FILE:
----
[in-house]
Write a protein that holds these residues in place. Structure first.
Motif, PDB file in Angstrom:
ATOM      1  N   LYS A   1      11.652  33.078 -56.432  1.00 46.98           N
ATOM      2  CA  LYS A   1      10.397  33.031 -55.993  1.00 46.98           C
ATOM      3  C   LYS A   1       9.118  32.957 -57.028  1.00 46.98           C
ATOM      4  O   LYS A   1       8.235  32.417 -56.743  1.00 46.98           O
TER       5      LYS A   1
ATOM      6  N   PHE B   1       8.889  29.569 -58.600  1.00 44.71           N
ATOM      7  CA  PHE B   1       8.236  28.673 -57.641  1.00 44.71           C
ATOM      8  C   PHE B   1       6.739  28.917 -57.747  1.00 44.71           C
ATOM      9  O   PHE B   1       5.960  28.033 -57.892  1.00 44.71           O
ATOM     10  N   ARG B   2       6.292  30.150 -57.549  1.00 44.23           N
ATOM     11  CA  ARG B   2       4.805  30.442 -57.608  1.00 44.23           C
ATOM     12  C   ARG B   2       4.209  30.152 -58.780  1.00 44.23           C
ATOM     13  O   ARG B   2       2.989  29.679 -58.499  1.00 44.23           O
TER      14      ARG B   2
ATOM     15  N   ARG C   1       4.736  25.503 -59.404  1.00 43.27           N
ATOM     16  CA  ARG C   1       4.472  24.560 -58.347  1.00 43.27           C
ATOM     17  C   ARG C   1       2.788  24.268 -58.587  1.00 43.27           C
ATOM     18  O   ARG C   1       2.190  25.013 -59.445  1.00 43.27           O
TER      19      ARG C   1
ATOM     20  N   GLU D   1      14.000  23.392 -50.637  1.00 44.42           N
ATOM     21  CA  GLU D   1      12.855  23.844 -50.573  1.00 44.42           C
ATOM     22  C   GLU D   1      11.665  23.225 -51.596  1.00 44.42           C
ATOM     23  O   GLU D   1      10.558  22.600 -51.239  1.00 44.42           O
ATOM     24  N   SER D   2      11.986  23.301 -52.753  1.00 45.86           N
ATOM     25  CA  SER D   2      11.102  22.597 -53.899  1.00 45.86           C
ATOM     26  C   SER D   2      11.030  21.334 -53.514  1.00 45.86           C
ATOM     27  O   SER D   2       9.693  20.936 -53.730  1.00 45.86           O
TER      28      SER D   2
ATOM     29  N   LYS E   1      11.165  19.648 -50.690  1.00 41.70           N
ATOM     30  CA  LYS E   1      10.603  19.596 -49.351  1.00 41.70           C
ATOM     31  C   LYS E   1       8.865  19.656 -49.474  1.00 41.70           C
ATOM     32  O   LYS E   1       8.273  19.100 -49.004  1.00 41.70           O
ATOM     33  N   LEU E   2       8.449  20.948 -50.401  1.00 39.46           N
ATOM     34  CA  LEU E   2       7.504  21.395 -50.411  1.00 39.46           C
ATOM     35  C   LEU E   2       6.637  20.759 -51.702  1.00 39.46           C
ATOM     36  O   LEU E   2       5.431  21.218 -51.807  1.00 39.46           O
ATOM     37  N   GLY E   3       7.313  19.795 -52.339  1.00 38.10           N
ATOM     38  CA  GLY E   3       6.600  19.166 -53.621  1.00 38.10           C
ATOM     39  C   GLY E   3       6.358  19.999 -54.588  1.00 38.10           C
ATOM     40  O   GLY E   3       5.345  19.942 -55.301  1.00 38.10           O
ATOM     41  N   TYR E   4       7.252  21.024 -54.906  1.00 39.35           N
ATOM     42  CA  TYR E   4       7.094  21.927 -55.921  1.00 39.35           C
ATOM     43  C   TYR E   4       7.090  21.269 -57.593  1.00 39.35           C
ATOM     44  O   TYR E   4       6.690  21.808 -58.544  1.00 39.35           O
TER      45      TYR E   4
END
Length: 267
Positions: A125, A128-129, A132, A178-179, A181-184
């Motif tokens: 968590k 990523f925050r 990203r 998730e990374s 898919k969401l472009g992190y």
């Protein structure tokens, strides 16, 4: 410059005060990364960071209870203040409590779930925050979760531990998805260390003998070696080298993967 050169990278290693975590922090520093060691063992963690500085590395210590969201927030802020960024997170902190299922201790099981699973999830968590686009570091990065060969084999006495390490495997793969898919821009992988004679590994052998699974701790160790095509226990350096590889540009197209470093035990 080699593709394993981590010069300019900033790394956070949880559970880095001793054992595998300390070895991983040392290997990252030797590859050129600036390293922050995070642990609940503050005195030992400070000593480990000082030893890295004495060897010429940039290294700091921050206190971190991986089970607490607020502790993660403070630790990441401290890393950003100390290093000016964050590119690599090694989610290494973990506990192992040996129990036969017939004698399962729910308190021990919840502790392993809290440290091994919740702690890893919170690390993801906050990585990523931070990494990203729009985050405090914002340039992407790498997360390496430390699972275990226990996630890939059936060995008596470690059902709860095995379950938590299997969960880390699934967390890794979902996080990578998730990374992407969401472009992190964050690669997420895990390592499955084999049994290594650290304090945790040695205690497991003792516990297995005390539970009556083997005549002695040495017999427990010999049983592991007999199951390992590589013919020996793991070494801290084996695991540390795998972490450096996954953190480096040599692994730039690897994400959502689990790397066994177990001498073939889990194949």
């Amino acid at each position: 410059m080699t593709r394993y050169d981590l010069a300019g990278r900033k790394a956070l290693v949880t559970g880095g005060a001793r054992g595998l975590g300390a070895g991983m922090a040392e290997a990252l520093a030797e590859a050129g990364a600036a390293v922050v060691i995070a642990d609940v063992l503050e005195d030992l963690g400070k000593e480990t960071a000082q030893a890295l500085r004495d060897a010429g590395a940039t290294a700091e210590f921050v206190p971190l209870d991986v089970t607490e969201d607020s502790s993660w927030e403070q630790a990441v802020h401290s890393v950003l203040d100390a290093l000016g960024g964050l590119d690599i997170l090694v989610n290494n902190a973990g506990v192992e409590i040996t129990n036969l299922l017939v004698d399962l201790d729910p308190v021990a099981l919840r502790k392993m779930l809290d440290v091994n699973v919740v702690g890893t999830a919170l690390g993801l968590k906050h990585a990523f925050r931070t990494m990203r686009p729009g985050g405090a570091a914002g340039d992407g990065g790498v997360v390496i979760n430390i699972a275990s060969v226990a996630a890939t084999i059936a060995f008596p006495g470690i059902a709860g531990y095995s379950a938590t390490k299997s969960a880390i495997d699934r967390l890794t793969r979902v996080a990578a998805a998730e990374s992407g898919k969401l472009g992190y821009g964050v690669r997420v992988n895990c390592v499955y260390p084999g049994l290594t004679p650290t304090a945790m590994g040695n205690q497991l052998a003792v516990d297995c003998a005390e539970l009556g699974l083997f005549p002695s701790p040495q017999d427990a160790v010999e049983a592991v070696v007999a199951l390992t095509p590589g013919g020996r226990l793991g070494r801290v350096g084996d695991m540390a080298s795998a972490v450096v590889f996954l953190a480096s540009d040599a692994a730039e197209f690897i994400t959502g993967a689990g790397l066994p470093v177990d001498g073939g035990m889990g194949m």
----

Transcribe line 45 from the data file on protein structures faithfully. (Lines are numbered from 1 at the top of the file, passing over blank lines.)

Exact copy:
ATOM     42  CA  TYR E   4       7.094  21.927 -55.921  1.00 39.35           C